Cuba and the Internet: Digital Santería

Danae Tapia
May 7 · 8 min read

While under Western standards Cuba is an unconnected nation, their people has developed a set of unconventional and resourceful practices that had allowed them to access digital technologies under their own terms. Traces of Cuban political and religious history can be found in these practices, and with the imminent popularization of mobile connections, the communist island is at a crucial moment of their digital history.

A central component of the history of Santeria is its syncretic character that merges elements from the Yoruba and the Catholic religions. Colonisers didn’t allowed the Afro-Caribbean slaves to do their rites and only Catholicism was permitted. In this context, the early practitioners of Santeria had a strategy of maintaining Yoruba beliefs while apparently being worshipping Catholic saints. This resulted in a hybrid system in terms of content and aesthetics.

Colonisers assessed this practice superficially and interpreted that their victims were converted into the dominant faith, that the use of African elements was mere decoration, that their job as the superior race was well done.

This perspicacious scheme can be related to the strategy of obfuscation. This is a method recommended by several digital security trainers and it consists of purposely providing untruthful information to the tech giants in order to avoid massive surveillance and mislead the vigilant oppressor. A dimension of the efficacy of this practice has been demonstrated by people who has faked pregnancies online and in a couple of hours they start receiving ads of products related to maternity.

It is possible to think about many practices of Cuban society as major exercises of obfuscation. For example, to a capitalist-centered economic paradigm, Cuba and its influence seems insignificant. The strict US embargo prevents Cuban government to trade freely with the rest of the world and has sentenced the island to poverty. However, a closer look will reveal that Cuba is a country that overflows with excellence, we see this excellence in their musicians, their writers, their medical practitioners, their athletes. This excellence is no secret to many Latin Americans who have benefitted themselves by the cultural and medical support from the professionals of the island.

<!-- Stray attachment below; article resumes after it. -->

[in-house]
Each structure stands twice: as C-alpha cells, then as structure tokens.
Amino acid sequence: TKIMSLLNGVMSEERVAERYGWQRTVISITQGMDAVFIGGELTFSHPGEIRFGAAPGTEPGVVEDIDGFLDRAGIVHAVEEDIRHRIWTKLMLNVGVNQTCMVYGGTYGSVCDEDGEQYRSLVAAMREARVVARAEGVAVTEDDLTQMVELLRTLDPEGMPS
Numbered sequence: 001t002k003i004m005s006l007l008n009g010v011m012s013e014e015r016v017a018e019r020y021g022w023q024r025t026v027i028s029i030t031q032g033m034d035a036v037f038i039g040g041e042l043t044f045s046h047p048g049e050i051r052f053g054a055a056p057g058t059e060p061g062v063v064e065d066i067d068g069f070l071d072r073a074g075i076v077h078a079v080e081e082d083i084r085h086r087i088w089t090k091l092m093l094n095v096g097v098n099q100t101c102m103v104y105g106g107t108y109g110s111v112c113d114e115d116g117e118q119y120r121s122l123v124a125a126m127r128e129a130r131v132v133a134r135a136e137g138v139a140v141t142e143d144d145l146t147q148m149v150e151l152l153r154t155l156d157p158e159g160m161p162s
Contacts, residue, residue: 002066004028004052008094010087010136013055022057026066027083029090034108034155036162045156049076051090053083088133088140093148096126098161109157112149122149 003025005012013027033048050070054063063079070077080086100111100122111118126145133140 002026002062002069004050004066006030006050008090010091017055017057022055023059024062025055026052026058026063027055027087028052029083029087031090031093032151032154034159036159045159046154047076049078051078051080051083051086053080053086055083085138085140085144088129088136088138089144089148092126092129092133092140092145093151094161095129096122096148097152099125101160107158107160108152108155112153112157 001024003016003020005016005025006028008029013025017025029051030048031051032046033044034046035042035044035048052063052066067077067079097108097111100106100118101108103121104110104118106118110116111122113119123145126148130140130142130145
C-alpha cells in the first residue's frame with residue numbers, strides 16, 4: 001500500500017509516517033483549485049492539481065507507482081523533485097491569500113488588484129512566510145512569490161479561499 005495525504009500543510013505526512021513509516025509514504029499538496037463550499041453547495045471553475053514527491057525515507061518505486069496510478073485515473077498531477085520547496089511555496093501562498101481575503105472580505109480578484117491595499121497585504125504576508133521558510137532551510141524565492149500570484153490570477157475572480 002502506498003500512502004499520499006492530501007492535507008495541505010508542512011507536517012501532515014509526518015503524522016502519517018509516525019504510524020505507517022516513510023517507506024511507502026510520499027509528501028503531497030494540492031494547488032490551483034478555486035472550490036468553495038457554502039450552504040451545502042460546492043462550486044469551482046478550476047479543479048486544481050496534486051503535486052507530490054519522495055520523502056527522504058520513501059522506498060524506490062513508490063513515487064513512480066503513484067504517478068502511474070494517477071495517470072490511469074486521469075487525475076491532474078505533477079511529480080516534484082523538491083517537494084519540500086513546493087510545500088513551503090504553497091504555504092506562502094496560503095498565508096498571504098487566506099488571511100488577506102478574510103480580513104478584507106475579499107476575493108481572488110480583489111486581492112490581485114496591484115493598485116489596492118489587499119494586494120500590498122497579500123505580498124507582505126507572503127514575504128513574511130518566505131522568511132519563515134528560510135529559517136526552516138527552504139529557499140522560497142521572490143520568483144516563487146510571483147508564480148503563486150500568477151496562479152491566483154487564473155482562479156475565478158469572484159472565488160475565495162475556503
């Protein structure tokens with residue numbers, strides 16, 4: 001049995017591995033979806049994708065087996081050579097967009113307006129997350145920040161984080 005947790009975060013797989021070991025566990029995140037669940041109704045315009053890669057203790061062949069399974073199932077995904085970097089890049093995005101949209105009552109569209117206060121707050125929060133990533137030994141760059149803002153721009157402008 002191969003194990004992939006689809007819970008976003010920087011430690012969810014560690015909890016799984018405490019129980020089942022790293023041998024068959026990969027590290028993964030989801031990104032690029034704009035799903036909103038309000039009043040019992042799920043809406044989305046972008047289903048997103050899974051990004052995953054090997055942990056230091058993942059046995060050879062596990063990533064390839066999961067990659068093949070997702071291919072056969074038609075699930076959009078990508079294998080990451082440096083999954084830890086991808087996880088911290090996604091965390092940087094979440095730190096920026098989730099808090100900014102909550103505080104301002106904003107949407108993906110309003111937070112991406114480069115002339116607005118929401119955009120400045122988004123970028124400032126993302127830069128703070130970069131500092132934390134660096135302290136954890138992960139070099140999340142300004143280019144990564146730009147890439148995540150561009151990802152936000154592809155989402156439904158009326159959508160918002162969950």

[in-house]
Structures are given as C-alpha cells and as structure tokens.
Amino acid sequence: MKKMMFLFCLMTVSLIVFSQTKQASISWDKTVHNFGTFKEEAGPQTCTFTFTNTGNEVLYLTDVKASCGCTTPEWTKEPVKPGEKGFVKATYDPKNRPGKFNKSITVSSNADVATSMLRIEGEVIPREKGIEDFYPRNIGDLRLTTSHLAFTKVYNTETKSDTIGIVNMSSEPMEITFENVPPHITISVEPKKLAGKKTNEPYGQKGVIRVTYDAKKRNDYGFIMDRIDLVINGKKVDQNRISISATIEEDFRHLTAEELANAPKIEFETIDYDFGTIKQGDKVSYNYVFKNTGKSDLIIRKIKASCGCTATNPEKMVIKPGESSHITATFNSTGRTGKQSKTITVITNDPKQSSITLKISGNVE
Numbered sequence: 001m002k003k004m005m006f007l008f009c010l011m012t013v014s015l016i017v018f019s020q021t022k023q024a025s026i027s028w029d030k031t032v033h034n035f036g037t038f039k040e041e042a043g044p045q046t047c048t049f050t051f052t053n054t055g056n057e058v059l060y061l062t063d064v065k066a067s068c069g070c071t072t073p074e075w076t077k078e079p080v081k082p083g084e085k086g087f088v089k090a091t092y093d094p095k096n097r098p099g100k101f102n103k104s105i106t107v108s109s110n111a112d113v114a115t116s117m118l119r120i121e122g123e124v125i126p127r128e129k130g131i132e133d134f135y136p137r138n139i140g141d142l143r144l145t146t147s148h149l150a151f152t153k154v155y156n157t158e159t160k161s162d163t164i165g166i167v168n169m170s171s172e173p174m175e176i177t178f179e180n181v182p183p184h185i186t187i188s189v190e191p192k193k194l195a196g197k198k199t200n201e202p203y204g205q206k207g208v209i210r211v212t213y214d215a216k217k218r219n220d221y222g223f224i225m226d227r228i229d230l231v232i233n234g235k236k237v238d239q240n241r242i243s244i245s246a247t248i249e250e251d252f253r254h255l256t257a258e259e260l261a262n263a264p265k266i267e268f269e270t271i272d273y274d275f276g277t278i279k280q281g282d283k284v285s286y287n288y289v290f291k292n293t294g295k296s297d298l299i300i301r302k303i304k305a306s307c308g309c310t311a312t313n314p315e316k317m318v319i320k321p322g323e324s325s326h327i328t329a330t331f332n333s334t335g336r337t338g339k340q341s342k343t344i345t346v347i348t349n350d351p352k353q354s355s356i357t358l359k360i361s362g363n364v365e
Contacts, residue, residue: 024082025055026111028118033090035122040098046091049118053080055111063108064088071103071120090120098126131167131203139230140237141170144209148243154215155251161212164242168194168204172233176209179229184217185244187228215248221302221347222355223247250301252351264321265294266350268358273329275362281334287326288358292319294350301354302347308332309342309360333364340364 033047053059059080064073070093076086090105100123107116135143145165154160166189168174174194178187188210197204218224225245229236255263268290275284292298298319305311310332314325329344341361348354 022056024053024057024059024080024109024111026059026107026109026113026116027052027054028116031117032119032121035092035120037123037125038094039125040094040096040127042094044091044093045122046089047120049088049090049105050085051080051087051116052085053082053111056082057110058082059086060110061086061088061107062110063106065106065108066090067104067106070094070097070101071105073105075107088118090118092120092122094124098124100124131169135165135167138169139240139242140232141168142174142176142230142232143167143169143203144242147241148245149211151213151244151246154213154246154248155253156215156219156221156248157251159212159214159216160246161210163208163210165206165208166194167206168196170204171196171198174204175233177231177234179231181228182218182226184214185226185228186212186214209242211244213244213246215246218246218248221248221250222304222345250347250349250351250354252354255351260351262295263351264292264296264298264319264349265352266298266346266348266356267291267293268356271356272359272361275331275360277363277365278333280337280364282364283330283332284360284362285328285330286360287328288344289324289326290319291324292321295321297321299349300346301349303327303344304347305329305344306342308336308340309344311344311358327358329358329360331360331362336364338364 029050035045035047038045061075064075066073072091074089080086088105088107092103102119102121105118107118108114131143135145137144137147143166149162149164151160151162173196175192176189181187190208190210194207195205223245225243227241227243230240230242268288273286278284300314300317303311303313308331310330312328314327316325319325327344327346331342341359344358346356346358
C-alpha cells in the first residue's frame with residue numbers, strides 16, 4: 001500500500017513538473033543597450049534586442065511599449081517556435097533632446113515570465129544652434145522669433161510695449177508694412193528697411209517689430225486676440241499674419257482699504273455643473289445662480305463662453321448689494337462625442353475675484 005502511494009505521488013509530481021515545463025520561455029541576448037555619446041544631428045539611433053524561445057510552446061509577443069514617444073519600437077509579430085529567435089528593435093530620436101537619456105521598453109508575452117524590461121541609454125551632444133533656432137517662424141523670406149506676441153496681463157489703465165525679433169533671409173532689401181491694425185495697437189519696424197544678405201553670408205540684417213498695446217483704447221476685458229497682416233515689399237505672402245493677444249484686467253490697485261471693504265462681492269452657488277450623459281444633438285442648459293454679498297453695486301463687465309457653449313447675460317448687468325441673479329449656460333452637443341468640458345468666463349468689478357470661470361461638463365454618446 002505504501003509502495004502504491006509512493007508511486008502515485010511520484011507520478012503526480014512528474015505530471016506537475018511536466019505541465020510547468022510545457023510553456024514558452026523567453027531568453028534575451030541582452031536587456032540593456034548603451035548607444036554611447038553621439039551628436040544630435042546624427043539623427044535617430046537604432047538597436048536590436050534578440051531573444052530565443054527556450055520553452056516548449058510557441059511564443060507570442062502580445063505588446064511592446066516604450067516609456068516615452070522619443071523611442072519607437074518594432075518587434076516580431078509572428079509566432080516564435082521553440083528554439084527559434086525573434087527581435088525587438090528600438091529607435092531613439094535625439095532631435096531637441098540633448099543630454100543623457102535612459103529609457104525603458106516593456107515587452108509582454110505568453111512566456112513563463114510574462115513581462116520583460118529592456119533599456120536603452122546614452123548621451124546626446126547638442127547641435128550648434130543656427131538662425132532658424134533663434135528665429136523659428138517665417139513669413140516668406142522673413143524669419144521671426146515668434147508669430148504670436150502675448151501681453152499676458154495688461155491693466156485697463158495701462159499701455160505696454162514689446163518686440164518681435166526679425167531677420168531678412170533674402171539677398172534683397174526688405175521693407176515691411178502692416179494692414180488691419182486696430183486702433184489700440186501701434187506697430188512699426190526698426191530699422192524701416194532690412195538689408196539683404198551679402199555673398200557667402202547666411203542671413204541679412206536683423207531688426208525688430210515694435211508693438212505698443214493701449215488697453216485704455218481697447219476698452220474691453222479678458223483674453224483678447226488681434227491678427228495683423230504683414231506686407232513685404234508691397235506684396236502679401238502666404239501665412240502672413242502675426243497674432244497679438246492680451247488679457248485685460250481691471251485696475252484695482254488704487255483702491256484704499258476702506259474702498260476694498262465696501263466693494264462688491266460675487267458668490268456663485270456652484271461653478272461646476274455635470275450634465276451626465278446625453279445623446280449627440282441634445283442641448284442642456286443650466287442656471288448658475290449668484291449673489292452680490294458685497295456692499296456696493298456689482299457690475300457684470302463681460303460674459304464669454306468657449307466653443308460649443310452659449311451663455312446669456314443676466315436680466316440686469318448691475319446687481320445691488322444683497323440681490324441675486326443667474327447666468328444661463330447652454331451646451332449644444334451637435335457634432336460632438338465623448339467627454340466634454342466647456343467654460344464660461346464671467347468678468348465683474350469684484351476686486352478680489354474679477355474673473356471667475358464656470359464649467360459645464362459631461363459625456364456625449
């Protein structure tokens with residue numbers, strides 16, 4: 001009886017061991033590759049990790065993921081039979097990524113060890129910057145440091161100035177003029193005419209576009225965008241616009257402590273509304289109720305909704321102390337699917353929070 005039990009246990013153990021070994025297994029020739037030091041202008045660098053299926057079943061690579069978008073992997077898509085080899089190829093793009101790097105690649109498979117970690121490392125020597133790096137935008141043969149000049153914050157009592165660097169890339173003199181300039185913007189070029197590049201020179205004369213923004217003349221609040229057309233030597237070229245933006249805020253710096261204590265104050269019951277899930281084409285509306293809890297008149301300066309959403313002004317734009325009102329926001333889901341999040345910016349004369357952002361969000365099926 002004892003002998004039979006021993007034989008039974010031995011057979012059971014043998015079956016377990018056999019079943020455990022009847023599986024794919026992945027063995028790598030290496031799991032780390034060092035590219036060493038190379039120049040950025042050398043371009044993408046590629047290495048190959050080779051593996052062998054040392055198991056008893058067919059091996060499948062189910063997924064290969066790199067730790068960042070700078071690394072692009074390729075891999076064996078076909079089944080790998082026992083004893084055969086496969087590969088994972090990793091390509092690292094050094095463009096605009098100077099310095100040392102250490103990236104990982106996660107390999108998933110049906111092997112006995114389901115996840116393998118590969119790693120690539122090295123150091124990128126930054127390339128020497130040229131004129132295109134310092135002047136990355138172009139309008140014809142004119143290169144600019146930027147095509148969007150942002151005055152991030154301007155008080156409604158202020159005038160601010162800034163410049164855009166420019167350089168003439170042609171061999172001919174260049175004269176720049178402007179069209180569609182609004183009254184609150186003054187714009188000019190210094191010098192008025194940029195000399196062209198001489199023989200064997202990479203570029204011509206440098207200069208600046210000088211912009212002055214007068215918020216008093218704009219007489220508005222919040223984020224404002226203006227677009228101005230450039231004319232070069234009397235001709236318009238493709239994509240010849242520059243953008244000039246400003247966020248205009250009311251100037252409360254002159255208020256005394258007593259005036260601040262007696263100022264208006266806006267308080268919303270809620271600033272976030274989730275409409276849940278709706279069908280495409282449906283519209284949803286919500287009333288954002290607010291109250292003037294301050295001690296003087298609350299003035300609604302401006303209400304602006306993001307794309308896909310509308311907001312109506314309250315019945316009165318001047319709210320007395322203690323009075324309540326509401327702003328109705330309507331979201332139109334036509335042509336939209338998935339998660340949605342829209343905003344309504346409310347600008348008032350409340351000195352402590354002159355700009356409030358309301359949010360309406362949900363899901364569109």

But the coloniser doesn’t see what’s underneath the facade.

The Cuban Digital Way

The analogy about obfuscation can also be extended to the use of digital technologies in Cuba. Their connectivity and access is very limited compared to neoliberal societies, where people is permanently connected even for the most banal reasons, for example the fridge that sends you a notification when you are out of groceries.

This type of hyper-connected scenario is probably never going to happen in the island, first for material reasons related to the embargo, and second because the Cubans are experiencing the internet in ways that are very different from the case of societies influenced by the United States.

For example, the boom of piracy we enjoyed at the first years of the popularization of the internet is still alive in the island. Cubans have created an autonomous solid culture of sharing and piracy through instances as el paquete semanal, a 1TB hard drive full with movies and TV shows that is delivered weekly to Cuban homes. These files can also be accessed at centers of distribution, where you can request from latest releases as The Favourite by Yorgos Lanthimos to classics of Cuban cinema as Lucia, directed by Humberto Solas.

This type of knowledge distribution scheme at this large scale could never exist in the “connected” West. Extremely conservative copyright regulations have succeeded in many aspects of our social life. We can see this in the strict enforcement of laws that involve charging enormous fines for torrenting films and even incarcerating people who share scientific papers. What is worst, is the successful implantation of a discourse that equates piracy with robbery and the consequently sad offer on entertainment that we are able to get through the legal means: the limited catalog of Netflix packed with series about murders and bakers which can be accessed only through the payment of a monthly subscription.

Another example of the divergent digital practices in Cuba, compared to neoliberal societies, are the different instances in which people access to an internet connection. The legal way for obtaining internet in Cuba is to buy prepaid cards and go to a public WiFi spot, usually a square where Cubans of all ages dedicate their time mostly to talk with their friends and relatives abroad, users stay in the square until very late, a blue hue is in their faces, they are not worried about being robbed because there is practically no crime in Cuba.

However, since these WiFi spots do not cover all the Cuban territory, people can also access the internet at non-official WiFi zones using secret networks and credentials previously set by these local providers. In both cases the setting is practically the same: people of all ages using the public space chatting with their friends and family, many of them doing video chats, not a single policemen around, everyone being super mindful about the time they’re spending online in order to not waste a single second of connection. Usually the young people stays at the WiFi spot after logging out and do offline stuff with their friends and acquaintances.